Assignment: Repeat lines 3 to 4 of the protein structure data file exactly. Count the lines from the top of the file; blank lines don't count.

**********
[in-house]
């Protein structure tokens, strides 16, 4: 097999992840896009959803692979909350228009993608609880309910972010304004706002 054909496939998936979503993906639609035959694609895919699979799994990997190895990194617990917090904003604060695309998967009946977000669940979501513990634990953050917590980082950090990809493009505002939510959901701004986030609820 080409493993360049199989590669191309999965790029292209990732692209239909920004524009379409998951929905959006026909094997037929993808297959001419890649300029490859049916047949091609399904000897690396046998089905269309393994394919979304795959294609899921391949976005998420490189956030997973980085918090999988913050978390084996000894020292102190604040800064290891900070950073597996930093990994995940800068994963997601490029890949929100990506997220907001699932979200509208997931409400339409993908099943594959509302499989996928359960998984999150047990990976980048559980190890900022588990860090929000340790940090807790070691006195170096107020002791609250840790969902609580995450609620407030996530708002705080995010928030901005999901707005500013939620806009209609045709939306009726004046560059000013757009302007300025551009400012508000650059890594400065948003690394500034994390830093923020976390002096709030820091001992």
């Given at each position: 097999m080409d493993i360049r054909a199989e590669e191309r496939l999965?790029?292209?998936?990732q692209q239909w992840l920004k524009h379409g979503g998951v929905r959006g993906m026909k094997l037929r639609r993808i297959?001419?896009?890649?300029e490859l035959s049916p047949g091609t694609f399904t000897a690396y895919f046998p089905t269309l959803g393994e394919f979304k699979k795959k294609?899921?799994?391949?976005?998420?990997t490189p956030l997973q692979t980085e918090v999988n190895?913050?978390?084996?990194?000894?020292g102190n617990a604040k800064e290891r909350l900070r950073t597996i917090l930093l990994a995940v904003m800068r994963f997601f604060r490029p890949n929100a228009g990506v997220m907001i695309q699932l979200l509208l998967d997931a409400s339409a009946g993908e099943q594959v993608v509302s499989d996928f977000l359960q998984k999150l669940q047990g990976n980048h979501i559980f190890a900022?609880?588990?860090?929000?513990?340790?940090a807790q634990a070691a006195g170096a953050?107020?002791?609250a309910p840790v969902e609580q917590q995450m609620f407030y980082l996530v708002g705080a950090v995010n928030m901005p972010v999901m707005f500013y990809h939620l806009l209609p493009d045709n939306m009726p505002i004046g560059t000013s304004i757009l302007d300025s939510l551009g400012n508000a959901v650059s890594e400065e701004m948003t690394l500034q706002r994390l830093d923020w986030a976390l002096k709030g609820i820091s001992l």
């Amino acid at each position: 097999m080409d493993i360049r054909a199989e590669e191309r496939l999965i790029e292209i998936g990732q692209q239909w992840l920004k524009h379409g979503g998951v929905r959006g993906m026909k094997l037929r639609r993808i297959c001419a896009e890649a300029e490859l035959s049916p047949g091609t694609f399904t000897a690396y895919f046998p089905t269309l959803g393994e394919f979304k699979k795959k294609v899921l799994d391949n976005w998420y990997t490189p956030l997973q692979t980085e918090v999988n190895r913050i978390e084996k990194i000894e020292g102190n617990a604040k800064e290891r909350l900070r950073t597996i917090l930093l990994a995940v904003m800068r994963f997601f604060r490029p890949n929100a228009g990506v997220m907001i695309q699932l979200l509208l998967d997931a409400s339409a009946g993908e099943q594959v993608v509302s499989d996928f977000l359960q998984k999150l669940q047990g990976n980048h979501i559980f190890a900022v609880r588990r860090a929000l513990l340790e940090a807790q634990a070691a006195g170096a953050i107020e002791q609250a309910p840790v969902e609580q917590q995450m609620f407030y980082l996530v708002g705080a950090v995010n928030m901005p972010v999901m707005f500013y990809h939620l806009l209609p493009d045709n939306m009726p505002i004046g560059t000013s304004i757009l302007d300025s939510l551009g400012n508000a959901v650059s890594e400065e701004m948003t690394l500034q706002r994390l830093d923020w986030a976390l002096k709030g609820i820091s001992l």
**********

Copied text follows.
């Given at each position: 097999m080409d493993i360049r054909a199989e590669e191309r496939l999965?790029?292209?998936?990732q692209q239909w992840l920004k524009h379409g979503g998951v929905r959006g993906m026909k094997l037929r639609r993808i297959?001419?896009?890649?300029e490859l035959s049916p047949g091609t694609f399904t000897a690396y895919f046998p089905t269309l959803g393994e394919f979304k699979k795959k294609?899921?799994?391949?976005?998420?990997t490189p956030l997973q692979t980085e918090v999988n190895?913050?978390?084996?990194?000894?020292g102190n617990a604040k800064e290891r909350l900070r950073t597996i917090l930093l990994a995940v904003m800068r994963f997601f604060r490029p890949n929100a228009g990506v997220m907001i695309q699932l979200l509208l998967d997931a409400s339409a009946g993908e099943q594959v993608v509302s499989d996928f977000l359960q998984k999150l669940q047990g990976n980048h979501i559980f190890a900022?609880?588990?860090?929000?513990?340790?940090a807790q634990a070691a006195g170096a953050?107020?002791?609250a309910p840790v969902e609580q917590q995450m609620f407030y980082l996530v708002g705080a950090v995010n928030m901005p972010v999901m707005f500013y990809h939620l806009l209609p493009d045709n939306m009726p505002i004046g560059t000013s304004i757009l302007d300025s939510l551009g400012n508000a959901v650059s890594e400065e701004m948003t690394l500034q706002r994390l830093d923020w986030a976390l002096k709030g609820i820091s001992l």
């Amino acid at each position: 097999m080409d493993i360049r054909a199989e590669e191309r496939l999965i790029e292209i998936g990732q692209q239909w992840l920004k524009h379409g979503g998951v929905r959006g993906m026909k094997l037929r639609r993808i297959c001419a896009e890649a300029e490859l035959s049916p047949g091609t694609f399904t000897a690396y895919f046998p089905t269309l959803g393994e394919f979304k699979k795959k294609v899921l799994d391949n976005w998420y990997t490189p956030l997973q692979t980085e918090v999988n190895r913050i978390e084996k990194i000894e020292g102190n617990a604040k800064e290891r909350l900070r950073t597996i917090l930093l990994a995940v904003m800068r994963f997601f604060r490029p890949n929100a228009g990506v997220m907001i695309q699932l979200l509208l998967d997931a409400s339409a009946g993908e099943q594959v993608v509302s499989d996928f977000l359960q998984k999150l669940q047990g990976n980048h979501i559980f190890a900022v609880r588990r860090a929000l513990l340790e940090a807790q634990a070691a006195g170096a953050i107020e002791q609250a309910p840790v969902e609580q917590q995450m609620f407030y980082l996530v708002g705080a950090v995010n928030m901005p972010v999901m707005f500013y990809h939620l806009l209609p493009d045709n939306m009726p505002i004046g560059t000013s304004i757009l302007d300025s939510l551009g400012n508000a959901v650059s890594e400065e701004m948003t690394l500034q706002r994390l830093d923020w986030a976390l002096k709030g609820i820091s001992l």